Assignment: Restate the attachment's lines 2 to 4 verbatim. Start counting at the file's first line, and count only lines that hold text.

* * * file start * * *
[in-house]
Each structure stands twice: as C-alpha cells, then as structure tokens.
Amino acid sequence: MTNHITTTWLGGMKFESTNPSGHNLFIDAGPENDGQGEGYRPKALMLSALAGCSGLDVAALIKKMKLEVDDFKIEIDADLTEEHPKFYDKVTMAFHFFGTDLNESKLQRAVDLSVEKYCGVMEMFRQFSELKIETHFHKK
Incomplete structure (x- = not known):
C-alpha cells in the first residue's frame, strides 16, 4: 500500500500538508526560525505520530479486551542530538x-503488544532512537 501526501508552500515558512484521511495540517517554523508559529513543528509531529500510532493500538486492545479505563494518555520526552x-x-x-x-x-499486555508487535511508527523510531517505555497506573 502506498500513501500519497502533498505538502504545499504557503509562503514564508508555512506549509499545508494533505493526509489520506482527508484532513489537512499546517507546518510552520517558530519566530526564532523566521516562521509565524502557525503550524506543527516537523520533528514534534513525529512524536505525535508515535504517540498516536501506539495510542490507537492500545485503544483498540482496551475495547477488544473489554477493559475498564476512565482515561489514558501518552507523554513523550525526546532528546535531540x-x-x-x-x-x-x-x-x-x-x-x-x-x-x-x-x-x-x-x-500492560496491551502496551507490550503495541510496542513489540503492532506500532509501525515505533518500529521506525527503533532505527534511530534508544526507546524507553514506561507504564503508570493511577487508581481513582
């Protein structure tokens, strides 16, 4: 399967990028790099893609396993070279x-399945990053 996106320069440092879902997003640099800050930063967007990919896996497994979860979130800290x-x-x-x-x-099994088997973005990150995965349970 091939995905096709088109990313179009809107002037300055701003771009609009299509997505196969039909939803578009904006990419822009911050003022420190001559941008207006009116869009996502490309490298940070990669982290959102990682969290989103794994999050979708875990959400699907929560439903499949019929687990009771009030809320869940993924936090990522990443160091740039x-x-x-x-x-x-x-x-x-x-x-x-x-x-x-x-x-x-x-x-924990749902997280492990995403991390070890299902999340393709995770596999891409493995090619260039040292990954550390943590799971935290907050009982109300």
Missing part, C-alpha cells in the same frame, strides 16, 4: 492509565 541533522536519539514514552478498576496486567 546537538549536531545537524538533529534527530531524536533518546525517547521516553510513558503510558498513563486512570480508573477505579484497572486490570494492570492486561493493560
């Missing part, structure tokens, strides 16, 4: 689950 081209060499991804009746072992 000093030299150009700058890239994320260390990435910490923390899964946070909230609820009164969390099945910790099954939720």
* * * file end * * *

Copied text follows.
Each structure stands twice: as C-alpha cells, then as structure tokens.
Amino acid sequence: MTNHITTTWLGGMKFESTNPSGHNLFIDAGPENDGQGEGYRPKALMLSALAGCSGLDVAALIKKMKLEVDDFKIEIDADLTEEHPKFYDKVTMAFHFFGTDLNESKLQRAVDLSVEKYCGVMEMFRQFSELKIETHFHKK
Incomplete structure (x- = not known):